R&B star R. Kelly masterminded a decades-long sex trafficking plot and used his fame to exploit girls, boys and young women, prosecutors alleged as hisin New York Wednesday.
“This case is about a predator,” Assistant U.S. Attorney for the Eastern District of New York Maria Cruz Melendez said in her opening statement.
The 54-year-old Kelly, who also has pending criminal cases inand , faces 10 years to life in prison if he is convicted in the New York case. His racketeering indictment includes underlying counts of sexual exploitation of a child, bribery, kidnapping, forced labor and violations of the Mann Act, which criminalizes the transportation of women and girls for any “immoral purpose.”
Jerhonda Pace was the first of Kelly’s accusers to take the stand, testifying she was a 16-year-old fan of Kelly’s when he invited her to his house in 2009. Pace and five other women in the indictment are referred to in court filings as “Jane Does,” but Pace has spoken publicly about her accusations.
Pace recounted an incident at Kelly’s home that year when he ordered her to walk back and forth while in her bathing suit and then to take the suit off.
“I felt uncomfortable,” she said.
She testified she eventually had sex with Kelly, and when she told him she was a virgin, he replied, “That’s good.” Pace said she initially told Kelly she was 19, but when she revealed her true age, Kelly told her to continue telling people she was 19 and act as if she were 21.
Kelly has steadfastly maintained his innocence, including in an
Kelly appeared in the Brooklyn federal courtroom wearing a gray suit before an anonymous jury of seven men and five women as proceedings started Wednesday morning. No cameras were allowed to broadcast the proceedings, and media watched via a video feed from an overflow courtroom.
The New York federal indictment alleges the disgraced singer operated a criminal network composed of his managers, bodyguards, drivers, assistants and others who recruited children and women at concert venues where he was performing in the U.S. and abroad. Once he had the accusers alone, Melendez said Wednesday, he “dominated and controlled them physically, sexually and psychologically.” Melendez described an enterprise of people devoted to Kelly and eager to “fulfill each and everyone one of the defendant’s wishes and demands.”
“What his success and popularity brought him was access, access to girls, boys and young women,” she said.
But Kelly’s attorneys have blasted the alleged racketeering enterprise as an overreach by prosecutors, saying in one court filing the women sought out Kelly’s attention and years later haveKelly’s attorney, Nicole Blank Becker, said Wednesday the women enjoyed the “notoriety of being able to tell their friends that they were with a superstar.”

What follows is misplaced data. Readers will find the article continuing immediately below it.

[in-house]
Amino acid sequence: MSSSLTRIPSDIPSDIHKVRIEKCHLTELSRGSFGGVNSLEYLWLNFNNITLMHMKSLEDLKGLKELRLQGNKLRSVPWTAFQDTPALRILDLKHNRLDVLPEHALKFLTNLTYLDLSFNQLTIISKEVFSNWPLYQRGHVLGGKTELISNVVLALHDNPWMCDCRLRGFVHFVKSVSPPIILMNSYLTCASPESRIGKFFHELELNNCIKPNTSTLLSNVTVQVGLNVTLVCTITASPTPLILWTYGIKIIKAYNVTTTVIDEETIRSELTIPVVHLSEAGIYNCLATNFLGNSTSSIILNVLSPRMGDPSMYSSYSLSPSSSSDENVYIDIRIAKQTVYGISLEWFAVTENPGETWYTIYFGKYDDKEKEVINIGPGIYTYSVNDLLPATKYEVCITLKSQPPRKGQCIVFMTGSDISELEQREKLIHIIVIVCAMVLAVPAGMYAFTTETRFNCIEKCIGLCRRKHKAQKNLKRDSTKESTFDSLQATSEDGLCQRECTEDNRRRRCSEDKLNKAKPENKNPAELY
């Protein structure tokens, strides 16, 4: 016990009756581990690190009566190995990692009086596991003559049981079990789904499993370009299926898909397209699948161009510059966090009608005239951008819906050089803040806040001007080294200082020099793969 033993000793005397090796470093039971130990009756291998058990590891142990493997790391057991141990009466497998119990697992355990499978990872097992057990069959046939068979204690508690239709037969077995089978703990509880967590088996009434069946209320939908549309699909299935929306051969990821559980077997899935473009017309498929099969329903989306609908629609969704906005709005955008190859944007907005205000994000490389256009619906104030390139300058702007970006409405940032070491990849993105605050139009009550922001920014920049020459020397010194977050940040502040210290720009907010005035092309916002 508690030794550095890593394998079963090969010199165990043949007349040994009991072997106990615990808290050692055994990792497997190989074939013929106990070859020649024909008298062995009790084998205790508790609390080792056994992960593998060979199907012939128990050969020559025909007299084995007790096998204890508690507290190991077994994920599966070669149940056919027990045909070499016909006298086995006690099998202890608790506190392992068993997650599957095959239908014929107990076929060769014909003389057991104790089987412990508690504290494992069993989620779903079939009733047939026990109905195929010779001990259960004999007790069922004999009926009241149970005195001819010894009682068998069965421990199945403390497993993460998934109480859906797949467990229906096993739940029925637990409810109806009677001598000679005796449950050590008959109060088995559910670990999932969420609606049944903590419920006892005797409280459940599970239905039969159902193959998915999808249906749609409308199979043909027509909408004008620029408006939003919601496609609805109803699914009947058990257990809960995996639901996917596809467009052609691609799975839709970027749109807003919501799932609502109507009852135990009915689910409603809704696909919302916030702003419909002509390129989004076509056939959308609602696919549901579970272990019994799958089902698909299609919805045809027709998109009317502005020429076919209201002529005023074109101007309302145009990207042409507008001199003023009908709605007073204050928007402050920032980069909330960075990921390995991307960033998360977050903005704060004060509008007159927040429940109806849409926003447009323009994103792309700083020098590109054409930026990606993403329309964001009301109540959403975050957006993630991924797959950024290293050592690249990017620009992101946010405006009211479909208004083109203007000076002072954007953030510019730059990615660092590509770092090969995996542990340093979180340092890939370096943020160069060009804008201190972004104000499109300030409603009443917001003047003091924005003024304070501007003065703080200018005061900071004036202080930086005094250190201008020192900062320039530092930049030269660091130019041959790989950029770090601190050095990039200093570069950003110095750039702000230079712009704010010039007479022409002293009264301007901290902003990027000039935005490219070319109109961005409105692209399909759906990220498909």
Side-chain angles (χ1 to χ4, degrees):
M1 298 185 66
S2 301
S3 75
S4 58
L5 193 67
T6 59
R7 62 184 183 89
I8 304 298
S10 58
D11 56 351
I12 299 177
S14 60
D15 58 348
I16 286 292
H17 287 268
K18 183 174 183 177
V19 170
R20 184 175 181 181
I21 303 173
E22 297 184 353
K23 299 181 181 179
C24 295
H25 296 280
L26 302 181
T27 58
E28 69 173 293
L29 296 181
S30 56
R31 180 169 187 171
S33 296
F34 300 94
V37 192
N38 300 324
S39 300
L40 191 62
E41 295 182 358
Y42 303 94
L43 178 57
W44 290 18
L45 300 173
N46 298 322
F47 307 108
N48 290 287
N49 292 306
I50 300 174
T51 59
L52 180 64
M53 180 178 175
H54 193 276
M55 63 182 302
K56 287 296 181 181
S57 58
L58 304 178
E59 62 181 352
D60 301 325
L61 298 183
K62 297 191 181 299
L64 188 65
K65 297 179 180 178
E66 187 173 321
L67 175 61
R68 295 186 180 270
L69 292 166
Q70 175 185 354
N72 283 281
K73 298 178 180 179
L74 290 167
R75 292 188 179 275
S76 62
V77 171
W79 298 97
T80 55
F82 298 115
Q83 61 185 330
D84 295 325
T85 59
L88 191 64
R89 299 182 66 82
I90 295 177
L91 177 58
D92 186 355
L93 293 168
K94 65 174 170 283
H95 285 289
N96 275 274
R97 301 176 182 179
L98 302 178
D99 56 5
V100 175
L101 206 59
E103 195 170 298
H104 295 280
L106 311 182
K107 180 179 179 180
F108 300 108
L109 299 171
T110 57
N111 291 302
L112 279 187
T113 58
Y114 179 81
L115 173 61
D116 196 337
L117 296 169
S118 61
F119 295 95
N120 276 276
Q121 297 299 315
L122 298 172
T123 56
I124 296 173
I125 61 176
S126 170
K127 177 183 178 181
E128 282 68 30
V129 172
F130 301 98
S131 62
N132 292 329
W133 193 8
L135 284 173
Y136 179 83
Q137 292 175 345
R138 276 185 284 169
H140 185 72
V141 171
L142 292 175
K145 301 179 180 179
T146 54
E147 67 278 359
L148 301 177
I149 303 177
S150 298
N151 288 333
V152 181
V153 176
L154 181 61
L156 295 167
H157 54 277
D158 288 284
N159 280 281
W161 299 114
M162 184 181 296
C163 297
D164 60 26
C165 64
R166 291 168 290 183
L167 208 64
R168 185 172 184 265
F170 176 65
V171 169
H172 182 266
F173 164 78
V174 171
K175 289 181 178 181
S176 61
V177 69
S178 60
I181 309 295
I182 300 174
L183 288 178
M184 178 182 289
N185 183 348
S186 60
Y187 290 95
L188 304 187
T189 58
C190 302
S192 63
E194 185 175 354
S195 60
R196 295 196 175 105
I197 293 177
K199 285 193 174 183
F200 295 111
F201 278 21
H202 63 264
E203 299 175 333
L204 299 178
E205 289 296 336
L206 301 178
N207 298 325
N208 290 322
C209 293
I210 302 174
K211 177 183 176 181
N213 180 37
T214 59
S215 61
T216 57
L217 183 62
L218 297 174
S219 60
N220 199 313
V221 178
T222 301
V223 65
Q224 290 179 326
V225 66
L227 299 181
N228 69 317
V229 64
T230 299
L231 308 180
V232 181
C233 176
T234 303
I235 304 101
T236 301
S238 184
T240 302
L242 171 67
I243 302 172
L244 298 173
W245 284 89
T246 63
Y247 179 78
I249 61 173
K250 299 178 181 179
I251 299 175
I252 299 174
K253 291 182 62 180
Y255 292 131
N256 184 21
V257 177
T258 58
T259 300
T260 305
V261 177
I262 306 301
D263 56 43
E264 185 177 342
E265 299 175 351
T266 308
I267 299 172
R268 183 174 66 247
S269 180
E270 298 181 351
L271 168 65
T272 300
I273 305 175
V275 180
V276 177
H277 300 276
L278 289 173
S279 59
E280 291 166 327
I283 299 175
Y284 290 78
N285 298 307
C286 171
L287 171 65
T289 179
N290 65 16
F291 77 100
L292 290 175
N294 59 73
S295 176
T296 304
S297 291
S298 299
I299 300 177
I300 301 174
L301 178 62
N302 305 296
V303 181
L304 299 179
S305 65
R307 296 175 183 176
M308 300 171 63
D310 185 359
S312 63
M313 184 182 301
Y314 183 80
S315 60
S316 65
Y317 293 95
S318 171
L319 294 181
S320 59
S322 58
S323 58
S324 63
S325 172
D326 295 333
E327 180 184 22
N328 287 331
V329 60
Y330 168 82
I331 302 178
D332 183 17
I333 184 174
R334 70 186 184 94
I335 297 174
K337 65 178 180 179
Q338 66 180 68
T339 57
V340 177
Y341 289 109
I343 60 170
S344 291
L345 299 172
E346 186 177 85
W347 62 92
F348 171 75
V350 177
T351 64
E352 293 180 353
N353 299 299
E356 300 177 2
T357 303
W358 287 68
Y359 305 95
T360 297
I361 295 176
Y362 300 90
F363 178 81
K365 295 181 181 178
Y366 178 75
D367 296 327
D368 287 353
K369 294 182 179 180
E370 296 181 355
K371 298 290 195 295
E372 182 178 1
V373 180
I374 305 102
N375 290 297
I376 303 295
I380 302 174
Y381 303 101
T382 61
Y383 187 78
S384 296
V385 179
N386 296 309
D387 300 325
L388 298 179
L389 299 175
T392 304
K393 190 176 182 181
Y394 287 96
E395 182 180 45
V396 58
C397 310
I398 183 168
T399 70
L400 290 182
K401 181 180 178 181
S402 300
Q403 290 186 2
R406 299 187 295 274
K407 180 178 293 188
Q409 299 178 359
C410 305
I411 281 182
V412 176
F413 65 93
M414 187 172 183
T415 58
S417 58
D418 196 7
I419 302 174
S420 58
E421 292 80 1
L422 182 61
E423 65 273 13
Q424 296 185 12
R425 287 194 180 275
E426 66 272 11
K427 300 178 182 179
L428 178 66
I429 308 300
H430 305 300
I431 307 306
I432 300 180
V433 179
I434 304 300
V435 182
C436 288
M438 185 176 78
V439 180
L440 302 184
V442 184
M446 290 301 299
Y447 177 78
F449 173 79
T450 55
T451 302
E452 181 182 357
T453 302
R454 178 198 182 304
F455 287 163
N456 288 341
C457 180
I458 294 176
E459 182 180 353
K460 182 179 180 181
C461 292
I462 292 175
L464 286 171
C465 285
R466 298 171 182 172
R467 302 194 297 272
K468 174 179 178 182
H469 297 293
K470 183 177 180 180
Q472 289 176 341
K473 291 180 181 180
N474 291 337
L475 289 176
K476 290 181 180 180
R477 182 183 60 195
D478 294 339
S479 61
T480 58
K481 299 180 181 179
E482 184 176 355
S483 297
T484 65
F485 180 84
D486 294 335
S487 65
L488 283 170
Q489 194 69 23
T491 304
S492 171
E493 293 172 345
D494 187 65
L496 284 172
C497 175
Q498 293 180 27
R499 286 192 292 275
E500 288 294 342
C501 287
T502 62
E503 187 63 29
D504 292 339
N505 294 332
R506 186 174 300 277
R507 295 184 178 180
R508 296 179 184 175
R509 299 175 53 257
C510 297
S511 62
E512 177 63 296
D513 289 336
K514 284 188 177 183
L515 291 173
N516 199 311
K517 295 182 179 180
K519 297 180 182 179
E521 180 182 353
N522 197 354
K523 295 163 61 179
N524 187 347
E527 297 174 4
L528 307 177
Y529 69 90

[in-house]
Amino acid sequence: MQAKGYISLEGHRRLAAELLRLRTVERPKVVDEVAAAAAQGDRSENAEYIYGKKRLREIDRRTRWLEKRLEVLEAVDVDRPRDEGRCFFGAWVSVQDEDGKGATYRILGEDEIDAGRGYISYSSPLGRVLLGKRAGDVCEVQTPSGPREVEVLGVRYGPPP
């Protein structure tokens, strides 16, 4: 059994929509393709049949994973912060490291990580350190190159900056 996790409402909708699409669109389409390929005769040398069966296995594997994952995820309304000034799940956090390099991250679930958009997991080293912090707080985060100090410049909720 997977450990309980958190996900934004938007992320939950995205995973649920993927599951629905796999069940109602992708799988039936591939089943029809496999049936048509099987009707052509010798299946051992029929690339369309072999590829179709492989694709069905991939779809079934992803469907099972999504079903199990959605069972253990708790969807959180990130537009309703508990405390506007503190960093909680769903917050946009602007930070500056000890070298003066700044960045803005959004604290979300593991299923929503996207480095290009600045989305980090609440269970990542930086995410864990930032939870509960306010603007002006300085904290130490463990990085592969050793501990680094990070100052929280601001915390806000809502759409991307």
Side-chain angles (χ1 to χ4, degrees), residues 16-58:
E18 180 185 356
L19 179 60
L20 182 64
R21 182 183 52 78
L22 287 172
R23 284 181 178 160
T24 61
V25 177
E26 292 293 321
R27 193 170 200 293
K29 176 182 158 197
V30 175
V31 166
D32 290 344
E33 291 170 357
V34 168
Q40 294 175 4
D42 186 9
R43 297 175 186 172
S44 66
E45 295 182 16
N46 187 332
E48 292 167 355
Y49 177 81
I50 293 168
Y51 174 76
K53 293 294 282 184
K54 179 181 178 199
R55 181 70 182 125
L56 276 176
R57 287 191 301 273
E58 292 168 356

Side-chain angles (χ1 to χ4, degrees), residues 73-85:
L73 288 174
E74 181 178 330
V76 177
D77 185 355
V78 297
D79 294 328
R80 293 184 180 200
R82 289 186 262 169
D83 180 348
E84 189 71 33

“He didn’t recruit them. They were fans. They came to Mr. Kelly,” she said. “They knew exactly what they were getting into. It was no secret Mr. Kelly had multiple girlfriends. He was quite transparent.”
Becker said the women had an agenda and warned jurors they would need to sift through a “mess of lies.” She added that all of the accusers had a consensual relationship with Kelly and suggested they were angry after the relationships ended. Some witnesses would admit they cheated, lied or stole money from Kelly, Becker said.
“Don’t assume everybody’s telling the truth,” she said.
Known for his 1996 song “I Believe I Can Fly” and other chart-topping hits, Kelly has for years faced allegations of sexual abuse. He was acquitted in 2008 of child pornography charges when a key witness did not testify. A series of women later came forward with accusations of abuse in the 2019 Lifetime docuseries “Surviving R. Kelly,” prompting public outcry over the allegations in theThe singer was charged with federal sex crimes in New York and Chicago the same year.
The indictment says the women and girls, many underage, were allegedly sexually and physically abused and sometimes held captive, confined to rooms and barred from leaving to eat or go to the bathroom without permission from Kelly. The indictment alleges Kelly enforced rules including calling him “Daddy,” wearing baggy clothing when not with him, and keeping their heads down and not looking at other men. Kelly “demanded absolute obedience,” and there were consequences for those that didn’t follow the rules, Melendez said.
The prosecutor also said Kelly collected collateral on the women or resorted to settlements to keep them quiet. Kelly is accused of filming some of the illegal sex acts and forcing the women and girls to write notes containing reputation-damaging falsehoods as a means of controlling them. Melendez told jurors they would hear testimony from Kelly’s former associates and see text messages, phone and travel records, and video and audio recordings that show the punishments Kelly enacted on the women.
Prosecutors have also asked a judge to allow the jury to hear about more than a dozen other accusers – including two who were underage boys at the time – who were not part of the indictment, but whose stories they hope will bolster their case that Kelly had a pattern of exploitation. The legal strategy has been used by prosecutors in other #MeToo era cases againstand A judge has not yet ruled on whether to allow the additional testimony.
Costanza Maio and The Associated Press contributed reporting.